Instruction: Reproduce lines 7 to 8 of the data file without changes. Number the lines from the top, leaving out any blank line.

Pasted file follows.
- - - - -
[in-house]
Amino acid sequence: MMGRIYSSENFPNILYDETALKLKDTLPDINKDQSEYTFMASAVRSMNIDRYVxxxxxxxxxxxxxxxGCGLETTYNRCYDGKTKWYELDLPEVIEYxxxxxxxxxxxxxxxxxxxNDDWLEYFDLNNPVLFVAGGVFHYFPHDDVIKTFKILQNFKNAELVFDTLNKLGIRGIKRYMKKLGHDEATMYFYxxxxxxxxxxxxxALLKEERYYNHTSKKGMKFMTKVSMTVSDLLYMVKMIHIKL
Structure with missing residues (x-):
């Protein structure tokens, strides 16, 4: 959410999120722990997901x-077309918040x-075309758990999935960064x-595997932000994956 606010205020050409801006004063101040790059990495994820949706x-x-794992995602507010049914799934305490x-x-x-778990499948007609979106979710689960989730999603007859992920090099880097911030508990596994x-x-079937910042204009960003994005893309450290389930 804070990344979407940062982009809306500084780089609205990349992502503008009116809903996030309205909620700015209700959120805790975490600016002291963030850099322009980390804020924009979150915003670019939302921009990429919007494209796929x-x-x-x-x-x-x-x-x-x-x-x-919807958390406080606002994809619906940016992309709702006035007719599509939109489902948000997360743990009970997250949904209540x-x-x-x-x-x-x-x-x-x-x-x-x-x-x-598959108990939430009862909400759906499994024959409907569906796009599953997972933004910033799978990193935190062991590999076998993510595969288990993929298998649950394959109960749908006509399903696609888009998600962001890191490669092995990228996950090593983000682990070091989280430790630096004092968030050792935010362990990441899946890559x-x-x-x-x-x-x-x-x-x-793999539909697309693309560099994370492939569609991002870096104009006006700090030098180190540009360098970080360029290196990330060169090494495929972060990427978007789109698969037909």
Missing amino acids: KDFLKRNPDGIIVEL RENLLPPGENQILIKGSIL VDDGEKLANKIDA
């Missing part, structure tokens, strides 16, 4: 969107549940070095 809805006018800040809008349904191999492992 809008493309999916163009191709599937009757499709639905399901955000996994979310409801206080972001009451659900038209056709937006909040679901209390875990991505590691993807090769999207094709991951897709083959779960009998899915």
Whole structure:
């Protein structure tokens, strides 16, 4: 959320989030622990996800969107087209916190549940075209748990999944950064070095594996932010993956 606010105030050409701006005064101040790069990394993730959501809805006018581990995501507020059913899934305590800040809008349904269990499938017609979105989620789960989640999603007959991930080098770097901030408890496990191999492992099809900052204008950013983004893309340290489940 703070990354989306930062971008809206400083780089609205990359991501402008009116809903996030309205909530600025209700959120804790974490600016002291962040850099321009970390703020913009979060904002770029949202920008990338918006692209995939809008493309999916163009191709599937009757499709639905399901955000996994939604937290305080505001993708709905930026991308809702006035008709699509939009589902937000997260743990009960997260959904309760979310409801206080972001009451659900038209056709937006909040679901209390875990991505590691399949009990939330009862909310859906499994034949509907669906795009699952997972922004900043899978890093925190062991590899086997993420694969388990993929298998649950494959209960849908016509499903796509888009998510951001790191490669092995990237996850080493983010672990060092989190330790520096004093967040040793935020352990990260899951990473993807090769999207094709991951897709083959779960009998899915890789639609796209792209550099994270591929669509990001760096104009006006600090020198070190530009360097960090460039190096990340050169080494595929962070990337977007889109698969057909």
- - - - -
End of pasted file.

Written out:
Whole structure:
């Protein structure tokens, strides 16, 4: 959320989030622990996800969107087209916190549940075209748990999944950064070095594996932010993956 606010105030050409701006005064101040790069990394993730959501809805006018581990995501507020059913899934305590800040809008349904269990499938017609979105989620789960989640999603007959991930080098770097901030408890496990191999492992099809900052204008950013983004893309340290489940 703070990354989306930062971008809206400083780089609205990359991501402008009116809903996030309205909530600025209700959120804790974490600016002291962040850099321009970390703020913009979060904002770029949202920008990338918006692209995939809008493309999916163009191709599937009757499709639905399901955000996994939604937290305080505001993708709905930026991308809702006035008709699509939009589902937000997260743990009960997260959904309760979310409801206080972001009451659900038209056709937006909040679901209390875990991505590691399949009990939330009862909310859906499994034949509907669906795009699952997972922004900043899978890093925190062991590899086997993420694969388990993929298998649950494959209960849908016509499903796509888009998510951001790191490669092995990237996850080493983010672990060092989190330790520096004093967040040793935020352990990260899951990473993807090769999207094709991951897709083959779960009998899915890789639609796209792209550099994270591929669509990001760096104009006006600090020198070190530009360097960090460039190096990340050169080494595929962070990337977007889109698969057909």